She extracts the calculations into a private function and breaks out the filtering criteria into a separate lambda expression. The code reads well, makes sense, and passes all of its tests. She commits the code.
The next day, Manish is working on a report. He acquires the data he needs from the database, filtering out the irrelevant data. He extracts the filtering criteria to a private function. He performs the calculations he needs while looping through the remainder, and returns the result as an array.
The next day, Kristof takes on some new work. He needs to acquire some filtered data. He looks at the relevant classes, but there is no method that collects the data he wants or allows him to perform a query with a filter. He writes a private helper function _to acquire his data from the database. He writes his calculations into another private helper function_ and calls that function in a loop that iterates over all the data. He returns the result as a list.
Now the filtering criteria, the data collection, and the calculations exist in private helper functions in “edge” classes - the places where data is consumed.
None of these features have made their way into the domain model, even though they are common behaviors.
Manish has a new feature to implement. He realizes that he’s already done something similar, so he goes to his report and copies the code he wrote last time. This time, he has been experimenting with newer functional programming features, so he revises his copied code to work using filter, map, and collect. The new code is much cleaner than the old code. Because it’s now quite a small code expression, he leaves it inline in the function he’s writing.
Some of you may have recognized that Manish literally did a copy/paste operation, whereas the other did not. The others have repeatedly re-invented the process of querying, filtering, and calculating.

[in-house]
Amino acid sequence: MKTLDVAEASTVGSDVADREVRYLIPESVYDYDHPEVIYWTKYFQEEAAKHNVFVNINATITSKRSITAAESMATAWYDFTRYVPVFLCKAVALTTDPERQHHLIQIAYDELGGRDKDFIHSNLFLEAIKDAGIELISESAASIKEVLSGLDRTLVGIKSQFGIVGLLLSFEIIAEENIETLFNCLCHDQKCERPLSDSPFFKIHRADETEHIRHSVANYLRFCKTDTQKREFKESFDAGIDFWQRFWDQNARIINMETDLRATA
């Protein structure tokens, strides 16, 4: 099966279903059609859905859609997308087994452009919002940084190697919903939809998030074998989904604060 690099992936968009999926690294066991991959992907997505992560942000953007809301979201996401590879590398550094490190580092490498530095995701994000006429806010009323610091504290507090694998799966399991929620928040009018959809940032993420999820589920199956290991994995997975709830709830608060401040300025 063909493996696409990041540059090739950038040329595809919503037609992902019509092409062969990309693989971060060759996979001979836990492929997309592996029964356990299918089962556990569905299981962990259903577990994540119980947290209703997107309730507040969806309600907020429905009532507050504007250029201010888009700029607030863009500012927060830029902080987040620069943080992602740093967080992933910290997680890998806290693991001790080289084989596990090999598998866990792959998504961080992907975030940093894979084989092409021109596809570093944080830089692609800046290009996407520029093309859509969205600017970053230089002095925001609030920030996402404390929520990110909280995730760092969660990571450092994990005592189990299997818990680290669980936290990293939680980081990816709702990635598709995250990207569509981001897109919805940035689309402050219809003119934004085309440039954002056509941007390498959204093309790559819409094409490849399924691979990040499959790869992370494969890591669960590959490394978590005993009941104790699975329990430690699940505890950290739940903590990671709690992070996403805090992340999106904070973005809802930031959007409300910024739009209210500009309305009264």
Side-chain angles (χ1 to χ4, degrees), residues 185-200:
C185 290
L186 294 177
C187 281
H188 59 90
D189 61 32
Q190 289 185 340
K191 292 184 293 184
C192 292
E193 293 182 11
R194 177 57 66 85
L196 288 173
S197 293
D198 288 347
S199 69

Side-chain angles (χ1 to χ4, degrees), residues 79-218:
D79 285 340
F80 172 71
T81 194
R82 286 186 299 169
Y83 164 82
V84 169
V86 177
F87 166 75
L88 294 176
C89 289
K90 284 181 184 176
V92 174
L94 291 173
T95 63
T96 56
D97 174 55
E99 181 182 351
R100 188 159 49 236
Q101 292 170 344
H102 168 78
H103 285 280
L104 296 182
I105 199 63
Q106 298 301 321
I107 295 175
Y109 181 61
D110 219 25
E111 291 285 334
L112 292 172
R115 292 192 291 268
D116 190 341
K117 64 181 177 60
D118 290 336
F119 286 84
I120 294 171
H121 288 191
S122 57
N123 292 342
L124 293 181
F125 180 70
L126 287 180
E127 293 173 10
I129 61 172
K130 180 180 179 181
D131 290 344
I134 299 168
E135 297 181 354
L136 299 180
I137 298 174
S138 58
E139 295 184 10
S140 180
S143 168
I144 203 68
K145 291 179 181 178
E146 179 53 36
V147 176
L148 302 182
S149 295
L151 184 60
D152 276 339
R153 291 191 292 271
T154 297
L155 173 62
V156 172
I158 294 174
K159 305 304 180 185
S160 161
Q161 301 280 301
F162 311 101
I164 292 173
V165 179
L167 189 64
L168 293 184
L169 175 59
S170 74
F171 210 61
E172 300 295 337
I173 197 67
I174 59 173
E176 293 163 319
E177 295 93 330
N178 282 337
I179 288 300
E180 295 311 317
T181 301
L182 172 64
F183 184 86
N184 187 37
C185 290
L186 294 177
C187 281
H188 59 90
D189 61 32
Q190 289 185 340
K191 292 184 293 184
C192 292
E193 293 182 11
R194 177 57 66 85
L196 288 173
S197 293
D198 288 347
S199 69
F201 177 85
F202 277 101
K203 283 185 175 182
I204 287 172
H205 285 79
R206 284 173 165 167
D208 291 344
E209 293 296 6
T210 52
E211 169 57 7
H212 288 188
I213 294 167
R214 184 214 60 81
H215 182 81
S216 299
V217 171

In Manish’s case, the new version of the code is a substantial improvement over the old version, and no static analysis tool will recognize that it is doing the same work in a slightly different way.
On the other side of the organization, Erin and Mike have been fixing bugs together. There is a problem with rounding in a calculation. They correct the error and make a patch in production.
A few minutes later, the bug is re-detected! This time, it’s in a report. Erin locates the bug, and sure enough there is a rounding error that they’ve already fixed once before. While Erin remembers what they did, she doesn’t really recall where it was and she’s in a hurry to fix the code so she repeats the fix in this new piece of code.
In the morning, Mike has a report that the bug has recurred! He loads Kristof’s changes from last week and sees that there is the same error that he and Erin fixed yesterday. He makes the fix again.
Two weeks later there is a bug report from the field. There seems to be a rounding error. Erin and Mike have become accustomed to this “groundhog day” scenario and have each memorized the change that corrects the rounding error so that they can retype it, and quickly turn-around errors from production each time the problem recurs.
How many opportunities to remove duplication did you spot in the above story? At least 7?
Great. What would it have taken for this story to NOT have unfolded this way?
How would each of the players have known not to repeat or reinvent the code and the defect?
What should Erin and Mike have done differently, and why?
What would have been different if they were following the SPOT principle?
Does the Rule of Three protect the team sufficiently?
Where should the duplicated methods have been kept, so that the developers could avoid reinventing the same code and errors?
We had an open discussion through our Industrial Logic TwitterSpace. Here is the recording of that conversation.